All posts by Bob Quackenbush

Outdoor Wars … Legendary Bouts in Famous Stadiums (Part 2 of 2)

By Bob Quackenbush / dmboxing.com

In last week’s article, we looked at nine classic prize fights that were contested at well known outdoor stadiums.  In Chicago, it was Soldier Field and Comiskey Park; in New York, the Polo Grounds and Ebbets Field; and in Washington D.C., Griffith Stadium.  

Yankee Stadium – 1923

This week, the spotlight will be on “The House that Ruth Built”, the legendary Yankee Stadium. Though the Bambino and his famous baseball teams were the star attraction at this venue, and the New York Giants football team was the gridiron tenant (1956-73), the sport of boxing brought in big names and big crowds, as well.  It was said that Yankee Stadium was Joe Louis’ personal fight club as he appeared there so many times (twelve times per BoxRec).  The stadium was actually prepared for the fight game as a concrete vault with radio lines permanently installed for broadcasters was buried in the ground under second base.

Thirteen famous bouts highlight Part 2 of our look at famous prize fights in the great outdoors. [Reminder … this is not an exhaustive list, but a selection of some of the most famous bouts contested at this location.]

YANKEE STADIUM, the Bronx, New York City:

  • Jess Willard defeated Floyd Johnson by technical knockout in round eleven on May 12, 1923.  In the first boxing event ever held at Yankee Stadium, promoter Tex Rickard organized a benefit program staged as a heavyweight carnival from which a worthy challenger for champion Jack Dempsey could be selected. The 6’ 6” Willard who was 41 and not active at the time was brought in to face the young Johnson who was 38-2.  Willard trained hard and was good for a few rounds, pounding Johnson with uppercuts until the younger fighter took control. Somehow, Willard made it to the eleventh and caught Johnson with a huge punch to end the round, and Johnson couldn’t answer the bell for round twelve. 63,000 were there to see it.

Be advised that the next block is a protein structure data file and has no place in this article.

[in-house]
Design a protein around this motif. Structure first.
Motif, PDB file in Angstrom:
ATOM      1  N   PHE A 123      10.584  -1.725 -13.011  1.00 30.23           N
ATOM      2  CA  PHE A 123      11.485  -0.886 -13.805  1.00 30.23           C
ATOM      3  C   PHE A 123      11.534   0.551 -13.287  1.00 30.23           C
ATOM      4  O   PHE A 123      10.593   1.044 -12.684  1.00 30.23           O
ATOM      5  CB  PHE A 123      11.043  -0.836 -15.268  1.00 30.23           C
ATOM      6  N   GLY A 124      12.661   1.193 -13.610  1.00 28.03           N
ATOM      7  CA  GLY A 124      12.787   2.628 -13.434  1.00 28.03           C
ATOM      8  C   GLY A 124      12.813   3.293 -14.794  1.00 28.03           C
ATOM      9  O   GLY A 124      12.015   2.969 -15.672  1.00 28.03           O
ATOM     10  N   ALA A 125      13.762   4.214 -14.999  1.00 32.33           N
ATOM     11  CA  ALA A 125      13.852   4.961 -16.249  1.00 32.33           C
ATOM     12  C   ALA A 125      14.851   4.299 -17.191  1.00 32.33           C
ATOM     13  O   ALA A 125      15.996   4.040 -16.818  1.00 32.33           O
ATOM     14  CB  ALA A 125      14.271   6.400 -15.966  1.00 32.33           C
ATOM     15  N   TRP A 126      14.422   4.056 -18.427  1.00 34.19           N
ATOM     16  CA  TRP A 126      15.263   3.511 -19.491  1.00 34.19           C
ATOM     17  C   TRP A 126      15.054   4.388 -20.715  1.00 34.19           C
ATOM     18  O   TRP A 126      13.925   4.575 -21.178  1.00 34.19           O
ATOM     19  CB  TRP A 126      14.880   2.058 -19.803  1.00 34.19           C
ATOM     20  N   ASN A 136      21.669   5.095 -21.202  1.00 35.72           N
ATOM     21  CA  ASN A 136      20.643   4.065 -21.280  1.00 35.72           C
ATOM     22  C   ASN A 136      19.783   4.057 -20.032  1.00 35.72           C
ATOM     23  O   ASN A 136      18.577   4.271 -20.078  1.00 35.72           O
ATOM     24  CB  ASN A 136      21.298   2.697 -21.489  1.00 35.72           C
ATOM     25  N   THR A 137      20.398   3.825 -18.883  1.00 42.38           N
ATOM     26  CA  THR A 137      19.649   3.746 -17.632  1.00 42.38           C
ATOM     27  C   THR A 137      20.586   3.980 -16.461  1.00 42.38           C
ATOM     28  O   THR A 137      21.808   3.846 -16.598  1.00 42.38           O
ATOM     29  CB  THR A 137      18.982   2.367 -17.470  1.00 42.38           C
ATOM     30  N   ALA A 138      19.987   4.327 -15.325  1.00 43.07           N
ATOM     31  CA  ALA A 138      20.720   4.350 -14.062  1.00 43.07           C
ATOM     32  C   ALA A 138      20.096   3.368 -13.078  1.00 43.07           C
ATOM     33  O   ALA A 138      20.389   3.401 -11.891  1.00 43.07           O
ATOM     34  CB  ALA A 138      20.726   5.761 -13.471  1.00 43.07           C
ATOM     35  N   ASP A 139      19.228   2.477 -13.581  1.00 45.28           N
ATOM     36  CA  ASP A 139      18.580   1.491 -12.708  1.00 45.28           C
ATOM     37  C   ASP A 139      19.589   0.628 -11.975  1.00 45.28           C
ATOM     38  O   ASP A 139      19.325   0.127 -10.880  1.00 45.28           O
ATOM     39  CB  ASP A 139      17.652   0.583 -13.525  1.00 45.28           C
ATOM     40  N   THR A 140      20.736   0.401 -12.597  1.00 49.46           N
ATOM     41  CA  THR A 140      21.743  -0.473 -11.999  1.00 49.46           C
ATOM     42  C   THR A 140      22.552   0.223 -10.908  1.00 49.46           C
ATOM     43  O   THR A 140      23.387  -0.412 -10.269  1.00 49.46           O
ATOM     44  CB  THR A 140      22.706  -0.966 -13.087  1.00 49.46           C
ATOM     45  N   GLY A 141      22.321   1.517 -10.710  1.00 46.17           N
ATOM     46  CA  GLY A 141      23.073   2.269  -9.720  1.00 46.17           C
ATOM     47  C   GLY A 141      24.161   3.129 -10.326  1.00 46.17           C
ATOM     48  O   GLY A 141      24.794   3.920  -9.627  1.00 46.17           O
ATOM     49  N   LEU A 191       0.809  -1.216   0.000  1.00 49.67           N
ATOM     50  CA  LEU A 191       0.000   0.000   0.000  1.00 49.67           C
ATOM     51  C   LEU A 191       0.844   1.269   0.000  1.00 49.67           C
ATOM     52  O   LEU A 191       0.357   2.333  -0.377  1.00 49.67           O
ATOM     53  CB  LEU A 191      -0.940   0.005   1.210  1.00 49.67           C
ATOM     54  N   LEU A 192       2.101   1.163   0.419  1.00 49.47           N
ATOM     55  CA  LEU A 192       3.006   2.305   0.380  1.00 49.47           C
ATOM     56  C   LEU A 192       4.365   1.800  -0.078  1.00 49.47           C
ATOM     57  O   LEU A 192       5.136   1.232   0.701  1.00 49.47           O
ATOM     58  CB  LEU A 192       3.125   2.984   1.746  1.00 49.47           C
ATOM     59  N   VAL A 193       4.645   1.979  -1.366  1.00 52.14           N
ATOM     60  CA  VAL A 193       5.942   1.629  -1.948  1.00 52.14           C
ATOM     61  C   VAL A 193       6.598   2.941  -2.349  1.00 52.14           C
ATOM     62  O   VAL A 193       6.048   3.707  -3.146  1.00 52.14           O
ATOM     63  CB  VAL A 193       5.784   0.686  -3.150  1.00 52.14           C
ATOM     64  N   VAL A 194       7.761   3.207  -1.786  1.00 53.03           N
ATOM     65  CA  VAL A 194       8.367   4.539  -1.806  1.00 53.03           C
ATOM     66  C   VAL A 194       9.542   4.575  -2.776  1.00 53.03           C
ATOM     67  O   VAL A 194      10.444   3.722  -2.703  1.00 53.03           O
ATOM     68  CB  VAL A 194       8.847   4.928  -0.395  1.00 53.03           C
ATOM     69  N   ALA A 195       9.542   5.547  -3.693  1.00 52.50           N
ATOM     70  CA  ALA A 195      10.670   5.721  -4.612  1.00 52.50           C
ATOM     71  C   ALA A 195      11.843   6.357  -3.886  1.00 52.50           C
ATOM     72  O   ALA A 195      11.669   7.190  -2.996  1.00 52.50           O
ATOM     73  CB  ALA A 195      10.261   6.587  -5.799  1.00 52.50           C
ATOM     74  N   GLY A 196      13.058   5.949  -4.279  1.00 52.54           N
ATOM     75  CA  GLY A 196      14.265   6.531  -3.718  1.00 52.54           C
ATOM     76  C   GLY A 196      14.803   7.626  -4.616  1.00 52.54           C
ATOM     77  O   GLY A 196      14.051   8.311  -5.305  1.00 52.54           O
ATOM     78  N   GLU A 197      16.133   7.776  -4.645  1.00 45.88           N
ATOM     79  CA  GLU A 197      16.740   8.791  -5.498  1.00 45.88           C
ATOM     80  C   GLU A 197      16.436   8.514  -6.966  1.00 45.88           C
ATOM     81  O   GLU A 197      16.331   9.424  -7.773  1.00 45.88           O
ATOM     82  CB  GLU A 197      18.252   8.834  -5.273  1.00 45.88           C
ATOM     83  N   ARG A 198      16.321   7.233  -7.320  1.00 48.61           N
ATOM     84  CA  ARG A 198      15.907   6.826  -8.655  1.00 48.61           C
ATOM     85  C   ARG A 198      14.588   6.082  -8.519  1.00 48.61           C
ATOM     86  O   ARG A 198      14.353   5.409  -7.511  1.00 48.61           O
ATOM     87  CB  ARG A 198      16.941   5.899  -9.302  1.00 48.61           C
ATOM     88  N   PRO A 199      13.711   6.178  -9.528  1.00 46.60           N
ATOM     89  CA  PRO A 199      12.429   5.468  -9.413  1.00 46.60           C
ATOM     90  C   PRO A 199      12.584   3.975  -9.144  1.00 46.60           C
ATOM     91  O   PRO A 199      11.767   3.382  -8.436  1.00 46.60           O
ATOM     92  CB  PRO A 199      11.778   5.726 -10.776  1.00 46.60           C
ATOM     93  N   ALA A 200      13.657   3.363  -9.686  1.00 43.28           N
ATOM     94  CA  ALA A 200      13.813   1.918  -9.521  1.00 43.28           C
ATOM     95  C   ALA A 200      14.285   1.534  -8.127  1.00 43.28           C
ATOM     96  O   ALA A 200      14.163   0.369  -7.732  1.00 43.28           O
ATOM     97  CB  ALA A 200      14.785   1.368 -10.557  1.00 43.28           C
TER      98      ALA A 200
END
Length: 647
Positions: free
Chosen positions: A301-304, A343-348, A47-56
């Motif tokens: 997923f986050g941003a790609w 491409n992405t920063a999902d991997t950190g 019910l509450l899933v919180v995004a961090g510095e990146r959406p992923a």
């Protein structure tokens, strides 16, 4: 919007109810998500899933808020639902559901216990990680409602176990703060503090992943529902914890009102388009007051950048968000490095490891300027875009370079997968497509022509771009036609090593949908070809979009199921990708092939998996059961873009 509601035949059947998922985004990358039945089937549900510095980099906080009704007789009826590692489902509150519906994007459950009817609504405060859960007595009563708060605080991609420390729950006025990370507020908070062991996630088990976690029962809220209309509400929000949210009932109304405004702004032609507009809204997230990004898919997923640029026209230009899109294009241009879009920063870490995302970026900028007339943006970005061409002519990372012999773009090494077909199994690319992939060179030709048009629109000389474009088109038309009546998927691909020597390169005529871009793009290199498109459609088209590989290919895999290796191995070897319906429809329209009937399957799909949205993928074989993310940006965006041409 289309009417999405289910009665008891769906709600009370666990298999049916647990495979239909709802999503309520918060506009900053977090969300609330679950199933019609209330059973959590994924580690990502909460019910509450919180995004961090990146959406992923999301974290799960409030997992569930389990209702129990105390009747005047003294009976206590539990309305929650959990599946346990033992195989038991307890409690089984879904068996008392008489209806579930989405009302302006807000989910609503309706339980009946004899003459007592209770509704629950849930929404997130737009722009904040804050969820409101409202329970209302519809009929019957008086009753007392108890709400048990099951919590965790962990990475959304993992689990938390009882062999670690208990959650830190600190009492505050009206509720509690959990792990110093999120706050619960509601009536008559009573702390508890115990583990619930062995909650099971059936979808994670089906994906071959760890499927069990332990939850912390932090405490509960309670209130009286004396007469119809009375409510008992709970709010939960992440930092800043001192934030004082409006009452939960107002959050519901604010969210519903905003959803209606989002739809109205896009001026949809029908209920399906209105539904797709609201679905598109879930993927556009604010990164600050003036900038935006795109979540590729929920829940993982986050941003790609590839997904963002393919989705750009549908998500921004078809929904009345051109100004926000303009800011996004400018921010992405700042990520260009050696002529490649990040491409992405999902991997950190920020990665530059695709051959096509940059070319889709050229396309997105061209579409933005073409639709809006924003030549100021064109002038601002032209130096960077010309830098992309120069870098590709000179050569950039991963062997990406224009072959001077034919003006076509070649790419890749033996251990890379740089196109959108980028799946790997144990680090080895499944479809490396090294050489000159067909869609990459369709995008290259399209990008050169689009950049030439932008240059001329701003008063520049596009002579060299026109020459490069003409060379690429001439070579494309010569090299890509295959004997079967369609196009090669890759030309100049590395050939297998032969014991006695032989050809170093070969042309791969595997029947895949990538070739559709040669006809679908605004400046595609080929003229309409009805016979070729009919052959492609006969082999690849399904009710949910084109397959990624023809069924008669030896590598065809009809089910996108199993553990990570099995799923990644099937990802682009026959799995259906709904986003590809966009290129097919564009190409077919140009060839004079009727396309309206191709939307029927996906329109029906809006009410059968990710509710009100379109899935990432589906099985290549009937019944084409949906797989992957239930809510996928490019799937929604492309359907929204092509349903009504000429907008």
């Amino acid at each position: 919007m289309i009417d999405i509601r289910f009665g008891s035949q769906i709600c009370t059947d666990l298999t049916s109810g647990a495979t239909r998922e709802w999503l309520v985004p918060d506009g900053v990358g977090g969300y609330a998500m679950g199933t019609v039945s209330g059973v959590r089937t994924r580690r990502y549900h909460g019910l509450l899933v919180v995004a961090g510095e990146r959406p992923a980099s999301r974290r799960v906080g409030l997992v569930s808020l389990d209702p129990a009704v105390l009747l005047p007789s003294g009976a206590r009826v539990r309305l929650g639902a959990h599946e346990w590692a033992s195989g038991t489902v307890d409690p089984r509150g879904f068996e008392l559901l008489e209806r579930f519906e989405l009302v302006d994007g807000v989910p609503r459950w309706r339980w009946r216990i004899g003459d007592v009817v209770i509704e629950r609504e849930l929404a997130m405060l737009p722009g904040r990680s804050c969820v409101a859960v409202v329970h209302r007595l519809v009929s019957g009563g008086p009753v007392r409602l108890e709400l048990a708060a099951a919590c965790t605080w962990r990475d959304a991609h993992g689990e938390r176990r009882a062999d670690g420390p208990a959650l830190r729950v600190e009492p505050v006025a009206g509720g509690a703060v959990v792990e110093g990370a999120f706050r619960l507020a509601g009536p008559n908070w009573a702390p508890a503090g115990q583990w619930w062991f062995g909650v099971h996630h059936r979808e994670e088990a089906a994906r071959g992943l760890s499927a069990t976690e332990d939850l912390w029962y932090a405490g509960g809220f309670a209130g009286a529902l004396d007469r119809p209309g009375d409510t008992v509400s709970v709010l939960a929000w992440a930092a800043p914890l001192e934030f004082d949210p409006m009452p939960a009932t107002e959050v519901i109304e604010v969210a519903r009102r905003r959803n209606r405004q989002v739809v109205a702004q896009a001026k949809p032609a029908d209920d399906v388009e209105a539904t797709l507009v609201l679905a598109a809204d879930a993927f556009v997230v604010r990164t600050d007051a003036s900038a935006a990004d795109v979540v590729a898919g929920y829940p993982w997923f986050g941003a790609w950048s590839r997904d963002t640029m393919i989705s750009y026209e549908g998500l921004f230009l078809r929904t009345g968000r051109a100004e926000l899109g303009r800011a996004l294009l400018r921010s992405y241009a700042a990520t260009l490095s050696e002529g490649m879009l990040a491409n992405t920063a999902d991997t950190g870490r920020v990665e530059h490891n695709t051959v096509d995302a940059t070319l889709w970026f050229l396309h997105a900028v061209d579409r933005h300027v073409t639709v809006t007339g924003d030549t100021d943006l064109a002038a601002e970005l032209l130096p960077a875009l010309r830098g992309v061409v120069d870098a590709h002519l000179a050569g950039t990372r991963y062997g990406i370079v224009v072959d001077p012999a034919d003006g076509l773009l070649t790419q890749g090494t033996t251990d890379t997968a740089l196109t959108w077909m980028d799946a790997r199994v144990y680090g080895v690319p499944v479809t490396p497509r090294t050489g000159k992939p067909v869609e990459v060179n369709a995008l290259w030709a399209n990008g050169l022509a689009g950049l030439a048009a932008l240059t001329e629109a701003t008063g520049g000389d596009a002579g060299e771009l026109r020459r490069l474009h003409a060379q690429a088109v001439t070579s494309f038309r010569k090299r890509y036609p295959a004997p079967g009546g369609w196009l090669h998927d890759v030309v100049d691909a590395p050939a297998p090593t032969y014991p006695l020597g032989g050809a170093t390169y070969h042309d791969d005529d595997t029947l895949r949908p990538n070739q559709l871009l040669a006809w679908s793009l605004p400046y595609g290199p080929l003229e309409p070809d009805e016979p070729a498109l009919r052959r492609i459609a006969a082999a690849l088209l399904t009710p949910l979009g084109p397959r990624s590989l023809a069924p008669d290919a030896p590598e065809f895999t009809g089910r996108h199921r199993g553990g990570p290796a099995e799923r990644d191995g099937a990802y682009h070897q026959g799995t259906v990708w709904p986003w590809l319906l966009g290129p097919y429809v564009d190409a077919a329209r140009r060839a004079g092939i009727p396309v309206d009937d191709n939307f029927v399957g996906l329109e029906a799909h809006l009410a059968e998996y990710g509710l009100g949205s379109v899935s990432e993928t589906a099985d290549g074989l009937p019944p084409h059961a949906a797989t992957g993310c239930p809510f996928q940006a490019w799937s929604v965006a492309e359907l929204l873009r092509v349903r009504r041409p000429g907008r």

• Max Schmeling defeated Joe Louis by knockout in round twelve on June 12, 1936.  The experienced Schmeling (59 pro bouts) used timing and counter-punching to conquer the young and powerful Louis, sending him down with a big right hand before an estimated 60,000. Louis would later get a title shot, defeating Jim Braddock in 1937. 
  • Joe Louis defeated Max Schmeling by knockout in the first round on June 22, 1938.  In their much anticipated rematch, Louis pounded Schmeling in front of a sell-out crowd, knocking him down three times in 56 seconds. The third time, the German’s corner threw in the towel as the referee continued the count, and Schmeling could not get up. 
Max Schmeling versus Joe Louis … The Rematch
Continue reading Outdoor Wars … Legendary Bouts in Famous Stadiums (Part 2 of 2)

Outdoor Wars … Legendary Bouts in Famous Stadiums (Part 1 of 2)

By Bob Quackenbush / dmboxing.com

In the world of boxing, indoor arenas are the venues that typically come to mind.  These locations with their traditional images of sweat, cigar smoke, and packed crowds close to the ring are what is envisioned when “prize fighting” is the topic of discussion.  Wonderful examples would be Philadelphia’s Blue Horizon, The Olympic Auditorium and Hollywood Legion Stadium in Los Angeles, and, on a larger scale, Madison Square Garden.

Firpo versus Dempsey at the Polo Grounds by George Bellows

However, many title fights have been held in the “great outdoors” at facilities such as baseball and football stadiums. Some even took place in temporary structures built for specific events, the most famous being the “Fight of the Century” between Jack Johnson and James Jeffries in Reno, Nevada, on July 4, 1910.  

Most of the famous outdoor bouts took place in New York City, with several more in Chicago.  There were others, too, but for the purposes of this article, the focus will be on the Big Apple and the Windy City, plus a fight in our nation’s capital.  Here’s a look at several well known contests held in some legendary outdoor venues from years gone by.  [Note: This is not an exhaustive list.]

SOLDIER FIELD, Chicago:

  • Gene Tunney defeated Jack Dempsey by unanimous decision on September 22, 1927.  This was the famous “Long Count” bout where Tunney went down after a combination in the seventh round, but the referee did not start the count until Dempsey went to a neutral corner. Tunney, “The Fighting Marine”, who took the heavyweight title from Dempsey a year before, defended it successfully as he dropped the “Manassa Mauler” in the eighth and controlled the remaining rounds. This was the first fight in history where the gate exceeded $2,000,000.
“The Long Count” at Soldier Field
Continue reading Outdoor Wars … Legendary Bouts in Famous Stadiums (Part 1 of 2)